In June of last year, I found out I was pregnant. My husband and I expected to have a complicated journey to pregnancy, and we were beside ourselves to discover I was pregnant.
I took the pregnancy test and started brushing my teeth, telling myself not to be disappointed when the test came back with a “NO”. I vividly remember seeing the word “YES” and the little plus sign. I just started screaming and laughing and hugging my husband. I couldn’t believe it. I called my best friend and woke her up at midnight, to tell her I was pregnant. We couldn’t wait to meet our baby.
Then like a slow-moving storm, our world started to darken. It started with abnormal blood work; the doctor told me not to worry, they would run more tests. It could be nothing. My heart still sank, and I cried and worried everyday. The second test came back: everything was fine, and we were having a boy! My husband and I were thrilled — we could continue preparing for the arrival of our son without worry.
We went in for our 20-week ultrasound, confident that nothing was wrong and excited to get pictures to share with our family. The ultrasound tech asked if our blood work had come back normal. This was my first pregnancy; I assumed this was a normal question. I confidently answered yes. The tech said okay, and continued. After the ultrasound our doctor entered the room.
I will never forget the feeling in my heart when she said, “we are seeing some abnormalities.”I just stared at her. I was numb.
There were a million questions I wanted to ask, but I couldn’t speak. Due to our conflicting blood work and ultrasound, she referred me to a perinatal specialist.
One and half weeks later, I was at the perinatal doctor’s office. This ultrasound took over an hour. The more pictures we saw of him on the screen, the more and more my heart broke. It was obvious something was very wrong with the son we wanted to have so much. I felt my husband squeeze my hand, everyone in the room was completely silent. We all knew the same thing, no one daring to say it out loud.
As we waited for the doctor to come in and talk to us, we fought back tears, trying to tell ourselves the doctor might have better news. The doctor didn’t have better news. “Incompatible with life,” “we can’t find all your son’s organs,” “he is severely underdeveloped.”
An amniocentesis was recommended. We agreed, the results wouldn’t be back for another two weeks, maybe three due to the Thanksgiving holiday. We went home, and I cried, and cried. I couldn’t believe this was happening. I called the specialist everyday with new questions. It became clear that if our son survived birth, he would suffer immensely. If he survived birth, he might suffocate to death because his organs may not all be there or be connected. If he didn’t suffocate, he would need multiple surgeries until one caused complications he wouldn’t survive. My son would suffer; it wasn’t something I could imagine asking him to do for me.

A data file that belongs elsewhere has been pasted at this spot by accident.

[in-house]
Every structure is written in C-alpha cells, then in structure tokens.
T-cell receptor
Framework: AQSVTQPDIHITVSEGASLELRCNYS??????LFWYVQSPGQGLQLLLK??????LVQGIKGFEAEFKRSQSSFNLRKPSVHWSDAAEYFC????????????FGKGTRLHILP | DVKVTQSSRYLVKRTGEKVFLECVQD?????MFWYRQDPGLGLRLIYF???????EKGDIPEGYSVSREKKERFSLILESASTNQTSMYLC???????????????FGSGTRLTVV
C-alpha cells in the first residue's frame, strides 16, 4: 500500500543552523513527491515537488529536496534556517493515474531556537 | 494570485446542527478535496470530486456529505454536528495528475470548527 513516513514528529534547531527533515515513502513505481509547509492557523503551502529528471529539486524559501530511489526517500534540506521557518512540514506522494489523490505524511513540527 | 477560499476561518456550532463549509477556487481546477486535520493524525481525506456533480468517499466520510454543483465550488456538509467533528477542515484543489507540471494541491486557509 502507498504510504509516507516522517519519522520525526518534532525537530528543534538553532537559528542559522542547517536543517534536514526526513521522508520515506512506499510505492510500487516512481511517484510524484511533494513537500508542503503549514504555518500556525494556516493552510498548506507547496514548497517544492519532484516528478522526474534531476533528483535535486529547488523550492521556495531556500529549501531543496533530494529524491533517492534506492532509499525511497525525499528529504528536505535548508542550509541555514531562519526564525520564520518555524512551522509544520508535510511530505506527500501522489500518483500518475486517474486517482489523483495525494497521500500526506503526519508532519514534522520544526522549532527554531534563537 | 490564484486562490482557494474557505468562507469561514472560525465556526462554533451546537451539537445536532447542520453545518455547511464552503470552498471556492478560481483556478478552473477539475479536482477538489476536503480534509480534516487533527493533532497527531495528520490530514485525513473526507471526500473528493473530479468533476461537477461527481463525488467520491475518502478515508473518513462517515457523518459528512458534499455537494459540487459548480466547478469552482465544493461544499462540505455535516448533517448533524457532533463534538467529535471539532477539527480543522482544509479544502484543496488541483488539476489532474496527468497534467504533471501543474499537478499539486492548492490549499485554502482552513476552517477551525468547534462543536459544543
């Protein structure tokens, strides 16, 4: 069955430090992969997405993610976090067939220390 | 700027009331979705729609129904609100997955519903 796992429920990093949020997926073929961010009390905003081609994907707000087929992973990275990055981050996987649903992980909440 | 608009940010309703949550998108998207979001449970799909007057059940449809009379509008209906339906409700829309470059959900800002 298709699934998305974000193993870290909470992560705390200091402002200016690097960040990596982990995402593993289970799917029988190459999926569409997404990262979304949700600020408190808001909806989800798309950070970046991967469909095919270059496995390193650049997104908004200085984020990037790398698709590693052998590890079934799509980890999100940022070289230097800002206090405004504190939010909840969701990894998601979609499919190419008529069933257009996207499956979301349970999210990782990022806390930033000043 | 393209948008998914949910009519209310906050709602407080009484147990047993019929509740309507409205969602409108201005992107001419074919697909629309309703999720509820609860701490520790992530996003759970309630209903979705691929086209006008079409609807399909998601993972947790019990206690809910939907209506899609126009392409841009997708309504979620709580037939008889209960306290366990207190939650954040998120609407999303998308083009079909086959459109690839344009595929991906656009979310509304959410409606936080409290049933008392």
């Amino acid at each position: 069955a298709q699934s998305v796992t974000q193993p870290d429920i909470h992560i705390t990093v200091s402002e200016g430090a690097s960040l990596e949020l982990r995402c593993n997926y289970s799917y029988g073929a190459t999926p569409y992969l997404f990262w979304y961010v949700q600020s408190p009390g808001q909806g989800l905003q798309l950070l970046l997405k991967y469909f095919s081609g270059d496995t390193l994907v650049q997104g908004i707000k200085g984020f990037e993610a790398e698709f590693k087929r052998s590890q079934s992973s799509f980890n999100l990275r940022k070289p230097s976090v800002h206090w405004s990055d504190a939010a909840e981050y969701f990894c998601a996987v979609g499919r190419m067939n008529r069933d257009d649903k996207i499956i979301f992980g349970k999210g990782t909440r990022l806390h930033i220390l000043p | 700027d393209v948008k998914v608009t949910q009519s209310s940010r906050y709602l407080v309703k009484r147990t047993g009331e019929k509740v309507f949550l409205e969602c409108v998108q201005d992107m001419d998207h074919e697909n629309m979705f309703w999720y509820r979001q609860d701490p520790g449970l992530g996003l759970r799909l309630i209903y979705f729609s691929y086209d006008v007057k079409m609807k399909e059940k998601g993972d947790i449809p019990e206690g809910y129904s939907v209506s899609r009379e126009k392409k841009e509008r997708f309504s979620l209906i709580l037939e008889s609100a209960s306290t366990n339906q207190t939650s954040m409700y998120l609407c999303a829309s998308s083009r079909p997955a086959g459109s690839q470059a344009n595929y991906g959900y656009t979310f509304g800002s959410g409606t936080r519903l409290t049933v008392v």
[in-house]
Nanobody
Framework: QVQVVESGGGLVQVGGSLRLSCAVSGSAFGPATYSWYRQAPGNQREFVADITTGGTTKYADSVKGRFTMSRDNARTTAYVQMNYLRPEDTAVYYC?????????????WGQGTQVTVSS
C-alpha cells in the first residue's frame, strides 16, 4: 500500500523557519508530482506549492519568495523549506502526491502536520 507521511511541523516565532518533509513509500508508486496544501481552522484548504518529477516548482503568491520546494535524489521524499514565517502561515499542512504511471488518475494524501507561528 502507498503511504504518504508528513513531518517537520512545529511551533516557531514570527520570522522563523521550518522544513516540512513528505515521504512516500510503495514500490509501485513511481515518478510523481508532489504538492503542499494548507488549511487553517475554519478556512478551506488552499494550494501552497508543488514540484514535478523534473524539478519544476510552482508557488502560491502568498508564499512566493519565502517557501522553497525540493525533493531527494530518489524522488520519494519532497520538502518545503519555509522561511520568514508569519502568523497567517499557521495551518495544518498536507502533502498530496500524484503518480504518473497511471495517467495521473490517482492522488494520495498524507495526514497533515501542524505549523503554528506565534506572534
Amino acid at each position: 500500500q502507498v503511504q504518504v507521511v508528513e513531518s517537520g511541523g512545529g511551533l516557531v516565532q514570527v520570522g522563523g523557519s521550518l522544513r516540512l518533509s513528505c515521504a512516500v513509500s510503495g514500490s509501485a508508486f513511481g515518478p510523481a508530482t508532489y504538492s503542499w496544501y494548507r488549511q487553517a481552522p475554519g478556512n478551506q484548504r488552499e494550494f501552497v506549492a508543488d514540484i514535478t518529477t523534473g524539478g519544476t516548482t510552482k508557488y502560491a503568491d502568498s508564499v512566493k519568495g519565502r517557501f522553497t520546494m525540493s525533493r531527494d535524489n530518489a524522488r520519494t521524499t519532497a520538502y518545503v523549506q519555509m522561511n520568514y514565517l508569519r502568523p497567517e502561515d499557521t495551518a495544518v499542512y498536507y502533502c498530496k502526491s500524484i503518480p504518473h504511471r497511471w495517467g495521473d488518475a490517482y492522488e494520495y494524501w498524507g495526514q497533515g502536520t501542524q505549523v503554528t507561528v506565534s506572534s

My husband and I decided to terminate the pregnancy.
We couldn’t understand why this was happening, but I knew as his mother, it was my job to protect him, and so I chose to take any suffering he might experience onto myself.
I called the doctor and, again due to the holiday, the soonest we could terminate, would be the week after Thanksgiving. Due to the laws of our state, we would have to see someone else to terminate. This was the worst moment of my life — the doctor I trusted was not allowed to help me or my baby. It crushed me, but I knew, as his mother, I couldn’t ask him to suffer for me. My husband and I traveled to Colorado, and we took out a loan to cover the cost of the procedure.
I said goodbye to my son on December 8th. I said goodbye to him, completely encased in my body, in my love for him. As distinctly as I remember the moment I found out I was pregnant, I will remember the moment I was no longer pregnant. The doctor asked me if I was okay. I surprised myself when I said yes. The only thought that went through my mind was “Thank you for giving me the gift of his pain, no one can make him suffer.”
Rachel’s story illustrates the immense emotional, physical and financial burdens restrictive laws impose on women facing the most complex and difficult decision of their lives. It also illuminates the destructive culture of shame and controversy that surrounds abortions in Missouri.
She knew that an expensive price tag would accompany travelling to Colorado for an entire week just in order to access appropriate healthcare. When she went to take out her loan, she told the bank it was for a medical procedure, afraid of their reaction if she explained the real reason. To make matters worse, her insurance company denied covering the costs of her abortion. Later, they rejected coverage for genetic testing, claiming it “was not medically necessary”. Furthermore, her hospital back home refused to receive her baby’s fetal remains for genetic testing on the grounds that they had never seen her as a patient (even though Missouri’s laws banned her from having her abortion there). She remains in a battle with them and her insurance company, hoping for a definitive answer so she and her husband can know if they can try to build a family again. All in all, she spent an estimated $13,000 on her procedure, draining savings intended for buying a house. At NARAL Pro-Choice Missouri, we believe Rachel and all Missouri women deserve comprehensive and compassionate healthcare, not a nightmare of added fees, tight restrictions, and complex logistics.